Distance learning is nothing new, with the first courses launching back in the 1890s. What has changed is that students now require much more than a traditional online course. Gone are the days when online students simply wanted knowledge. Today’s students are looking to gain trusted qualifications which are recognised by employers.
Whether you think of distance learning as a niche form of training or a gap in the market, providers help to fill an educational void. Many people want the flexibility of learning new skills online but are already in employment. To take advantage of new employment opportunities, they need to upgrade or achieve a new qualification, and distance learning is the only solution that allows them to do that in their own time while still working.
The challenge for providers is overcoming negative perceptions, delivering what today’s students demand and understanding what they will want in the future.
The only way distance learning colleges can overcome these challenges is to meet them head on, which means making some drastic changes to how you prepare and deliver course content, support your students and manage your reputation to help drive a positive future for your college. This requires a complete review of how you do things. This is what we have been doing at the Open Study College, a distance learning provider.
Distance learning providers have to fight to improve a reputation which has previously been blackened by some providers not delivering on promises. This is a hard perception to overcome. To start on our road to improvement, we had to review what the issues were.
We did a 360-degree assessment of our college and the business and took note of what we were doing well and areas in which we could improve. Then we involved all our employees in the process, asking for their input every step of the way to achieve buy-in. We needed a firm commitment from staff that, moving forward, they would think in the mindset of a “college” rather than a distance learning provider.
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Once we had staff on board with our plans, we started looking at other areas, such as what our students wanted from an online college. Times have changed and many of our students and potential students were looking not just to take a course: they wanted to gain trusted qualifications that are recognised by employers, such as the Association of Accounting Technicians or the Council for Awards in Care, Health and Education. In response to this, we have worked tirelessly to forge strong relationships with many of the accredited qualification providers and expanded our range to offer more than 450 courses.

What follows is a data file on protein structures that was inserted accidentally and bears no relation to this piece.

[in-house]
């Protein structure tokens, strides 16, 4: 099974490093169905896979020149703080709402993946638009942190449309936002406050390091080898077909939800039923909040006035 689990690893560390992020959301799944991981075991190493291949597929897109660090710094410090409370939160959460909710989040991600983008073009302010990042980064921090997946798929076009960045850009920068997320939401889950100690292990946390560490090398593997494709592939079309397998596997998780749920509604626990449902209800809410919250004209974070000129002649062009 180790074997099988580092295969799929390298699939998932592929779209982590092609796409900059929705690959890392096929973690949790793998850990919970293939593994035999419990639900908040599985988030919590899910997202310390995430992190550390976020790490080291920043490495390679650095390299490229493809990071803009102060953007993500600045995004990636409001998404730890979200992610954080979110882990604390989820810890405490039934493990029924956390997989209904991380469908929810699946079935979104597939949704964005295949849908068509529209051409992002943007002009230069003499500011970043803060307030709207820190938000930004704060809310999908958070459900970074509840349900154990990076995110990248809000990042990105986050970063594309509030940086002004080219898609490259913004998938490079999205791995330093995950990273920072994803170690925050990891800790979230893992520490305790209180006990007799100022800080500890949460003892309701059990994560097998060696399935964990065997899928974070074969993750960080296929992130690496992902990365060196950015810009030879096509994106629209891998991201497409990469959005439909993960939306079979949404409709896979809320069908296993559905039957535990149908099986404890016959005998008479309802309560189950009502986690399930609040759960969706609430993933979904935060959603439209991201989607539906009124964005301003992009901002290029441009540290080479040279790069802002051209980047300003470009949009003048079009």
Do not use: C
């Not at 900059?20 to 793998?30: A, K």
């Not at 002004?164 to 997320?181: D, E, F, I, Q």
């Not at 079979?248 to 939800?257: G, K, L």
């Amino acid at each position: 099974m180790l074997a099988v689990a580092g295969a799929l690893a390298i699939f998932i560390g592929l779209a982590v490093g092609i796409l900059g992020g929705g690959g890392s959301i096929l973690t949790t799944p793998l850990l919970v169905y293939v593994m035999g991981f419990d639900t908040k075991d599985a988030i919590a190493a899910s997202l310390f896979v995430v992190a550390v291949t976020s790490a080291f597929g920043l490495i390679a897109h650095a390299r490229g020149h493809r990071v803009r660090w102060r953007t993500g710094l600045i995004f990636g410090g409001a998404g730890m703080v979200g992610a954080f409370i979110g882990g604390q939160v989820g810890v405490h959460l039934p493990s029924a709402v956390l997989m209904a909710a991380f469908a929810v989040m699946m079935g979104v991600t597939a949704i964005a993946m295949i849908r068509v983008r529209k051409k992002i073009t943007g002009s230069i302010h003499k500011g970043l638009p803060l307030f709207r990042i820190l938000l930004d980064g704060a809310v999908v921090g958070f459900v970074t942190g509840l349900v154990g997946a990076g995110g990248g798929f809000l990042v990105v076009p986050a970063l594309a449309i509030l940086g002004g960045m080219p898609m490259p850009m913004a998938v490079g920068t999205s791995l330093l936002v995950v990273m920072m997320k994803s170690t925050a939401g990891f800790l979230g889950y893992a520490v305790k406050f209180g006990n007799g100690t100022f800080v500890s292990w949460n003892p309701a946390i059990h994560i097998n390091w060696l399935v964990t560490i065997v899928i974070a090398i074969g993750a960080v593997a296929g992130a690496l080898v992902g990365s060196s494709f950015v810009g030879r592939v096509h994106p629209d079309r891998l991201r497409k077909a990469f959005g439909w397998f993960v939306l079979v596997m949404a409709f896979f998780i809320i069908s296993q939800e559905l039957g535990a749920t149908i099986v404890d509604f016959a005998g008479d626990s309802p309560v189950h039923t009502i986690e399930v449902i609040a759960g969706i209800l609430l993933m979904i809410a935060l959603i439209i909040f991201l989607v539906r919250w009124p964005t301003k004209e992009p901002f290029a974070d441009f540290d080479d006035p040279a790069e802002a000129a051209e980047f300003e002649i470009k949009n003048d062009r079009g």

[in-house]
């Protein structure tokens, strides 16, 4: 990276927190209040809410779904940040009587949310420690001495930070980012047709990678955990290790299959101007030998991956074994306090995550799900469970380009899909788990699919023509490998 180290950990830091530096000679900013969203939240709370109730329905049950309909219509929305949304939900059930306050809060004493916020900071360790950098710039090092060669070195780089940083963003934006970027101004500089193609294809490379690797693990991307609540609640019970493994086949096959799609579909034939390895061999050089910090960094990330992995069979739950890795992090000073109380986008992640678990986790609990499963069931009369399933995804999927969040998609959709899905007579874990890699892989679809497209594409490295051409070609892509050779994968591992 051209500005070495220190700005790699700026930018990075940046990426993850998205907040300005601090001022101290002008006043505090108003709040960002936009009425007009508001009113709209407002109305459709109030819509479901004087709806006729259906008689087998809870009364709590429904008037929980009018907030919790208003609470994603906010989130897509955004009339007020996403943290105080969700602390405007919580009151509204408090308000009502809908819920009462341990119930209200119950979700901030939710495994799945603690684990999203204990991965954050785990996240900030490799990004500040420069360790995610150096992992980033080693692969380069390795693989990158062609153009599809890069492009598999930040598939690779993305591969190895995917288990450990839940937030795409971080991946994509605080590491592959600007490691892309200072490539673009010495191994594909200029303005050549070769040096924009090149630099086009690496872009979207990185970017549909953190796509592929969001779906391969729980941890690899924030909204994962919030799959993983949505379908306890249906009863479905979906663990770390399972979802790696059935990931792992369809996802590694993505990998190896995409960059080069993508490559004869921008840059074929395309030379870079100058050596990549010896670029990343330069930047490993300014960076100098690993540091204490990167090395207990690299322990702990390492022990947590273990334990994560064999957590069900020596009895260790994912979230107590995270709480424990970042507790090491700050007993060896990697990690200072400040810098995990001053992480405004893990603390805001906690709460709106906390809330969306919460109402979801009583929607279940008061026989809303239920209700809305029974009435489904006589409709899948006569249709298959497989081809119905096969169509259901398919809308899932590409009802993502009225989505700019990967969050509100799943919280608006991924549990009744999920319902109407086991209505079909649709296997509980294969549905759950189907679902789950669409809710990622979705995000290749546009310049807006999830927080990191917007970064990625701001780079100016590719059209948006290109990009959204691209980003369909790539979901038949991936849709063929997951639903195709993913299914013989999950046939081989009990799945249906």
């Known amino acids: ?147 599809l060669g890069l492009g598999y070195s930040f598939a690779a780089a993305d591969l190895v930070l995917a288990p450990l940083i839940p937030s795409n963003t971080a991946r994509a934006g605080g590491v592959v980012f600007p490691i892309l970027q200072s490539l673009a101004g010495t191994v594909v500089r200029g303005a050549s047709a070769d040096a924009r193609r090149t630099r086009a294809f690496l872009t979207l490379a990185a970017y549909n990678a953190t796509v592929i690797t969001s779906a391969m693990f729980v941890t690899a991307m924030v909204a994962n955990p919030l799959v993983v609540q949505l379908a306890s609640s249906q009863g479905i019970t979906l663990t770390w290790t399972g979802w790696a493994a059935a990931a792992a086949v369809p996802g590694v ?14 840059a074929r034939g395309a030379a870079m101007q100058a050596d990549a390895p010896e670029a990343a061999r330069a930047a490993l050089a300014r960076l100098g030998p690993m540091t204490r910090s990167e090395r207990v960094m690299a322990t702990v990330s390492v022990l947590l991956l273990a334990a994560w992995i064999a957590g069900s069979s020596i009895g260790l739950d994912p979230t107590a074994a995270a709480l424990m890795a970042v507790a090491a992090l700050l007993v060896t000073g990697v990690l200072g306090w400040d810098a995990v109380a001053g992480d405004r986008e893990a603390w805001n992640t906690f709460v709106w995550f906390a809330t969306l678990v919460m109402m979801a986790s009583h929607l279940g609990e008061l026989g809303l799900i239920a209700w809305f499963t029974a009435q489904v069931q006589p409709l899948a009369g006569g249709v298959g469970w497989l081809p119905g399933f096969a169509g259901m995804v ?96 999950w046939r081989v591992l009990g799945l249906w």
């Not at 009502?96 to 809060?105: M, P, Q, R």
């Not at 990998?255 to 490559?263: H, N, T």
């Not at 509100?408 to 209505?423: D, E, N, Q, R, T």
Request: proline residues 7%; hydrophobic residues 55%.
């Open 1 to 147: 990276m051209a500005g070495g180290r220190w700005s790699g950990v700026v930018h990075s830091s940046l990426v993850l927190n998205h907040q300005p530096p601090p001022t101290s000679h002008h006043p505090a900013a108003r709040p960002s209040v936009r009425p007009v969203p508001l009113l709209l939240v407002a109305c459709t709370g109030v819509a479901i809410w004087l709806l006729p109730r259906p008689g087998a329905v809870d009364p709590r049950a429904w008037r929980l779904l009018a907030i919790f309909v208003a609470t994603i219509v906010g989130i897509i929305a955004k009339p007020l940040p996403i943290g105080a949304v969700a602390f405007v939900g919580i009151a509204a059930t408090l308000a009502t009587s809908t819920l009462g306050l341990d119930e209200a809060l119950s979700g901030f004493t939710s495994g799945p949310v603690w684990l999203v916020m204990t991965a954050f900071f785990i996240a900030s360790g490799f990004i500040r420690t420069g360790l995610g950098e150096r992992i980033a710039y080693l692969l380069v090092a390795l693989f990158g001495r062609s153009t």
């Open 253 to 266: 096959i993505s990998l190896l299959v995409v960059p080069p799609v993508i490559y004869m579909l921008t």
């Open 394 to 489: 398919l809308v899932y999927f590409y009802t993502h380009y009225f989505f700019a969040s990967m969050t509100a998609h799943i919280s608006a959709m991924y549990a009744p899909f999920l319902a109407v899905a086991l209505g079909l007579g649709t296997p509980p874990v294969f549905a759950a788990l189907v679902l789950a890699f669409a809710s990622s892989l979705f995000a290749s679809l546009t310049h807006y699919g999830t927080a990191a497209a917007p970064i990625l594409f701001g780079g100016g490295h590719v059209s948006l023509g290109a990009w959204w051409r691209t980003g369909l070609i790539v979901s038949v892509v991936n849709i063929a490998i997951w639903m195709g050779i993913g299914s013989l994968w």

The way in which people access information has changed and continues to do so. Reviewing our course materials was one of our first tasks. Our standard courses now include interactive and engaging materials, using video tutorials and online interactive lessons. The way we deliver courses also had to be revamped to be mobile-ready and accessible on the move, as today’s students demand. We are looking at how apps can help in future delivery.
We also took time to review how we communicate with students, asking their opinions and changing the way we do things to fit. Our website has been revamped and now links with our social media, helping us to deliver the instant responses that today’s student requires. Websites today need to be mobile-ready and device-responsive: we’ve taken the time to do this so that students can now access course materials on the go.
Today, students taking online qualifications are looking for the flexibility to complete their courses at a pace, time and place to suit them. Coupled with the workplace today being vastly different to how it was 15 years ago, this demands that colleges – be they FE, sixth-form or online – need to adjust the way they do things to meet these new needs.
Looking to the future, what will online learning look like? The online college will be one which offers time-flexible learning without geographical barriers. Improvements in technology such as virtual reality mean that even traditional colleges are and will be moving towards more learner-centred, less lecture-format classes.
Distance learning providers will need to have a comprehensive understanding of who their target market and demographic groups are. As students demand more in terms of qualifications, support and customer service, providers will also have to be more responsive. It’s time for a new era and for providers to prove their worth and superiority against sector competitors that now cover the globe. Ultimately, only the fittest will survive.
Steven Nash is director of marketing and e-commerce at the Open Study College